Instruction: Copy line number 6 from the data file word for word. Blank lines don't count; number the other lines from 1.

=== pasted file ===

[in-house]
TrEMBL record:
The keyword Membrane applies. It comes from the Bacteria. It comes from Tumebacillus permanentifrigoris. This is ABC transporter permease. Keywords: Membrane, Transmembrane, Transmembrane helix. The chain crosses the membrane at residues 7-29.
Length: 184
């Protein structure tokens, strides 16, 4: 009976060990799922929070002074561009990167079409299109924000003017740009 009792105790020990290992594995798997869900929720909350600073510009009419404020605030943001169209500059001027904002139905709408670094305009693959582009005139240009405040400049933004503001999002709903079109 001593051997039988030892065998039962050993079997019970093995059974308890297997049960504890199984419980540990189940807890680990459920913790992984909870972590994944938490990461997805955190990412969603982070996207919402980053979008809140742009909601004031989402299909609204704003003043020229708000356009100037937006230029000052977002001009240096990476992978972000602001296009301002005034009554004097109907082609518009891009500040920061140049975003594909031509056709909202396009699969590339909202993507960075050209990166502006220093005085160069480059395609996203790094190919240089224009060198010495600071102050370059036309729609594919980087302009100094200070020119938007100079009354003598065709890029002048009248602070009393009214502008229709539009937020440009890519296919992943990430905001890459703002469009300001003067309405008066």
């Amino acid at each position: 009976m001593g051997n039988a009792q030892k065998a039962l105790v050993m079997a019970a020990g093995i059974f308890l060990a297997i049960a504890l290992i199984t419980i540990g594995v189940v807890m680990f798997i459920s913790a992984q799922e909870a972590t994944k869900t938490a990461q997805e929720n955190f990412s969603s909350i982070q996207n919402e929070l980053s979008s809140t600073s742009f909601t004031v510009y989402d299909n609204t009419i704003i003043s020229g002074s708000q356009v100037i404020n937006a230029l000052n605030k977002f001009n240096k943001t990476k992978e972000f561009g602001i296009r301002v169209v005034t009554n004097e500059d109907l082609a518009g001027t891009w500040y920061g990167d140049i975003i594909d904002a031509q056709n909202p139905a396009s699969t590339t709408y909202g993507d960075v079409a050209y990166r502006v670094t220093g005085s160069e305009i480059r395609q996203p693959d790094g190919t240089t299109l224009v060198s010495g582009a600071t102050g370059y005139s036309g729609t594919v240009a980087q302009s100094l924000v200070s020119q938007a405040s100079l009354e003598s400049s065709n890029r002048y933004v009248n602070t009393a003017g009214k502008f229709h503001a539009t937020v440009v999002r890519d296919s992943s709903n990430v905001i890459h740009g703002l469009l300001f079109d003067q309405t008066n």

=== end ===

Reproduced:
């Amino acid at each position: 009976m001593g051997n039988a009792q030892k065998a039962l105790v050993m079997a019970a020990g093995i059974f308890l060990a297997i049960a504890l290992i199984t419980i540990g594995v189940v807890m680990f798997i459920s913790a992984q799922e909870a972590t994944k869900t938490a990461q997805e929720n955190f990412s969603s909350i982070q996207n919402e929070l980053s979008s809140t600073s742009f909601t004031v510009y989402d299909n609204t009419i704003i003043s020229g002074s708000q356009v100037i404020n937006a230029l000052n605030k977002f001009n240096k943001t990476k992978e972000f561009g602001i296009r301002v169209v005034t009554n004097e500059d109907l082609a518009g001027t891009w500040y920061g990167d140049i975003i594909d904002a031509q056709n909202p139905a396009s699969t590339t709408y909202g993507d960075v079409a050209y990166r502006v670094t220093g005085s160069e305009i480059r395609q996203p693959d790094g190919t240089t299109l224009v060198s010495g582009a600071t102050g370059y005139s036309g729609t594919v240009a980087q302009s100094l924000v200070s020119q938007a405040s100079l009354e003598s400049s065709n890029r002048y933004v009248n602070t009393a003017g009214k502008f229709h503001a539009t937020v440009v999002r890519d296919s992943s709903n990430v905001i890459h740009g703002l469009l300001f079109d003067q309405t008066n």